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The Bot Defenders

Humans and machines team up to defeat cyber attacks

DARPA held its Cyber Grand Challenge at the DEF CON hacker convention in Las Vegas on Aug. 4. The contest pitted seven autonomous machines against each other. Raytheon's Deep Red team finished fourth.

In late June 2016,  a hacker began auctioning off more than a half-million medical records containing patients' full names, Social Security numbers, dates of birth, addresses, phone numbers and insurance information, among other details. 

The breach illustrated that adversaries only need to find a single weakness in network armor to cause serious damage. Defenders, on the other hand, must protect everything that’s connected to the internet, all the time. 

The powerful team-up of man and machine might be the answer.  By unleashing-self-healing technology, software that functions much like the body’s immune system, computers can ferret out undiscovered vulnerabilities and patch certain problems before the damage is done. That could free up human analysts to hunt proactively more advanced threats.

“When computers learn to defend themselves, it’s going to change the balance of power between hackers and defenders,” said Mark Orlando, Raytheon Foreground Security director of cyber operations.

That's especially important today when every device is connected to everything else in the Internet of Things.

“If you’re connected, then you’re at risk…and we’re all connected,” said Corbin Souffrant, a Raytheon cyber engineer in Arlington, Virginia. “A hacker just needs to get into one of your connected devices and then they’re connected to all and capable of compromising all.”

Creating a computer capable of defending itself was the goal of the Defense Advanced Research Projects Agency Cyber Grand Challenge, a tournament designed to speed the development of security systems able to fend off cyberattacks automatically. Raytheon fielded a team that was one of seven finalists competing for the $2 million prize.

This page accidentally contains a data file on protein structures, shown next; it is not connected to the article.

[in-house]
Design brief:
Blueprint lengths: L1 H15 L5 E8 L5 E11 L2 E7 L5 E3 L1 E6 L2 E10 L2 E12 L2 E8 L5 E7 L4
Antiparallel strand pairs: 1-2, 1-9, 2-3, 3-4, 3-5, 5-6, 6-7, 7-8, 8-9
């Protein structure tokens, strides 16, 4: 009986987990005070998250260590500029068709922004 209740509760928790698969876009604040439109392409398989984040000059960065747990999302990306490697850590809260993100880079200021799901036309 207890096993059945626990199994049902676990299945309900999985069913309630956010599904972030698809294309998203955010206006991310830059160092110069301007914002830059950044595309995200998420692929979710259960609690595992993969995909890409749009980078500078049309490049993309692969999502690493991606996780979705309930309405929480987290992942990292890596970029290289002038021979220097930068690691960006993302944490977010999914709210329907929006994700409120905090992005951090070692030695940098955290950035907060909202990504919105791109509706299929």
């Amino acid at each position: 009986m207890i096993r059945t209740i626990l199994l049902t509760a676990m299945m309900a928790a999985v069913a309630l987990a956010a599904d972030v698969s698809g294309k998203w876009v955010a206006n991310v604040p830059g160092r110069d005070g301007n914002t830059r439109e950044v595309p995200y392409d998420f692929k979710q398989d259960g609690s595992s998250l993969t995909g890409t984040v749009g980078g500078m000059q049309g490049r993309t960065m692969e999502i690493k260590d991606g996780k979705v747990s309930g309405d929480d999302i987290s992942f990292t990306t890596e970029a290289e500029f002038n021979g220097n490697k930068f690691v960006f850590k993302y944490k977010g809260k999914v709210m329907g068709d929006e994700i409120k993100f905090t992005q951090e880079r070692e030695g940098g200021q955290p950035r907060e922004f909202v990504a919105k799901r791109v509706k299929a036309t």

During the championship, held at the DEF CON computer security conference in August, the teams had to fend off hackers, battle bugs and patch vulnerabilities in real time while keeping their systems and services up and running. Raytheon's Deep Red Team finished fourth, or, more precisely, their "bot," named Rubeus, came in fourth in the first-of-its-kind, "all-machine" competition.

Computer, Heal Thyself

“Today, security analysts have to manually look at the same bugs that occur over and over again, and when they find one, they have to write up a report, send it up the chain and then it gets manually patched; a process that sometimes takes months,” said Souffrant, a member of the Raytheon Deep Red team. “Automation can eliminate all the time wasted scrubbing through software looking for vulnerabilities that we keep seeing over and over again.”

According to Souffrant, the bad guys already use automation by running scripts. For example, one script might upload malicious code to a website and remain dormant until unsuspecting users download it. It then infects their computers, steals their information, and sends a batch report back to the attacker.

“Without having to do anything except launch a script, hackers just have to sit back and wait for a list of credit card numbers to be sent to them,” said the 23-year-old Souffrant.

During the Grand Challenge finals, competitors completed all of their development work and coding long before the contest started. Then it was hands off.

“Once the challenge started, all we could do was watch,” Souffrant said.

In the real world, however, there is an active role for human cybersecurity analysts: hunting more advanced, sophisticated threats.

“Our automated defenses really aren't at the point yet where they can think creatively as a human defender can,” Orlando said. “So what a defender is charged with is conducting continuous research and investigations, thinking about how attackers will try to evade detection, how they're going to try to slip past our defenses. With a creative mindset and ability to think outside the box, a human defender can keep pace with attackers and connect the dots, thinking about what else they can do with the tools at their disposal, and stop those stealthy and creative attacks.”

Souffrant and Orlando agree that human-machine collaboration—autonomous systems combined with human ingenuity and decision-making—will make the world a safer place.

“We can no longer rely on the classic model of alert-driven, signature-based defense; we have to engage in proactive threat hunting to keep up with adversaries who are highly motivated, creative and determined,” Orlando said. “Automation helps us stay ahead in the fight because it works around the clock, never takes a holiday, never gets tired; and never sleeps.”

This document does not contain technology or technical data controlled under either the U.S. International Traffic in Arms Regulations or the U.S. Export Administration Regulations. E16-P9HG (story) and E16-SXCD (video)

Last Updated: 08/10/2016

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